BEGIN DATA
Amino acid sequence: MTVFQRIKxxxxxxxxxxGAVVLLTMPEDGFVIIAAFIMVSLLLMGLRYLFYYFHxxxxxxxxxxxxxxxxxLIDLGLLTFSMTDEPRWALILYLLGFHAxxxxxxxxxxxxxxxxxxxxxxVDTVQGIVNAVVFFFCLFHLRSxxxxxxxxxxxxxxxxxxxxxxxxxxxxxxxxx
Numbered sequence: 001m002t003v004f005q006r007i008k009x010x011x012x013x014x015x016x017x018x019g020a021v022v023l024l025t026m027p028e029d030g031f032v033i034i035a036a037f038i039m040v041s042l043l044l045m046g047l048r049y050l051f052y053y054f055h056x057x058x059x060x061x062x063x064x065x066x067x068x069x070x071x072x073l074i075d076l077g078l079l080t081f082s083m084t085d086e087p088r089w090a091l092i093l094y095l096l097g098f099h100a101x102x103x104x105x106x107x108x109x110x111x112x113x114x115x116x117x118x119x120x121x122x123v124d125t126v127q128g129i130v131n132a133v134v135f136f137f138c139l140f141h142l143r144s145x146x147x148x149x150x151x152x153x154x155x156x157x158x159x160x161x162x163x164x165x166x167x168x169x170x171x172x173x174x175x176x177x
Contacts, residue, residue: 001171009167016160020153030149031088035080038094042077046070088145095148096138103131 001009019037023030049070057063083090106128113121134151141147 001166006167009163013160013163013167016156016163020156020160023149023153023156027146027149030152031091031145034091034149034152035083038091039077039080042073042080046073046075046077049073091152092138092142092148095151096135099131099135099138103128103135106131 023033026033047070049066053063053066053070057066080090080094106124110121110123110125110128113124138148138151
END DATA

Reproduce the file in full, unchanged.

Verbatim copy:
Amino acid sequence: MTVFQRIKxxxxxxxxxxGAVVLLTMPEDGFVIIAAFIMVSLLLMGLRYLFYYFHxxxxxxxxxxxxxxxxxLIDLGLLTFSMTDEPRWALILYLLGFHAxxxxxxxxxxxxxxxxxxxxxxVDTVQGIVNAVVFFFCLFHLRSxxxxxxxxxxxxxxxxxxxxxxxxxxxxxxxxx
Numbered sequence: 001m002t003v004f005q006r007i008k009x010x011x012x013x014x015x016x017x018x019g020a021v022v023l024l025t026m027p028e029d030g031f032v033i034i035a036a037f038i039m040v041s042l043l044l045m046g047l048r049y050l051f052y053y054f055h056x057x058x059x060x061x062x063x064x065x066x067x068x069x070x071x072x073l074i075d076l077g078l079l080t081f082s083m084t085d086e087p088r089w090a091l092i093l094y095l096l097g098f099h100a101x102x103x104x105x106x107x108x109x110x111x112x113x114x115x116x117x118x119x120x121x122x123v124d125t126v127q128g129i130v131n132a133v134v135f136f137f138c139l140f141h142l143r144s145x146x147x148x149x150x151x152x153x154x155x156x157x158x159x160x161x162x163x164x165x166x167x168x169x170x171x172x173x174x175x176x177x
Contacts, residue, residue: 001171009167016160020153030149031088035080038094042077046070088145095148096138103131 001009019037023030049070057063083090106128113121134151141147 001166006167009163013160013163013167016156016163020156020160023149023153023156027146027149030152031091031145034091034149034152035083038091039077039080042073042080046073046075046077049073091152092138092142092148095151096135099131099135099138103128103135106131 023033026033047070049066053063053066053070057066080090080094106124110121110123110125110128113124138148138151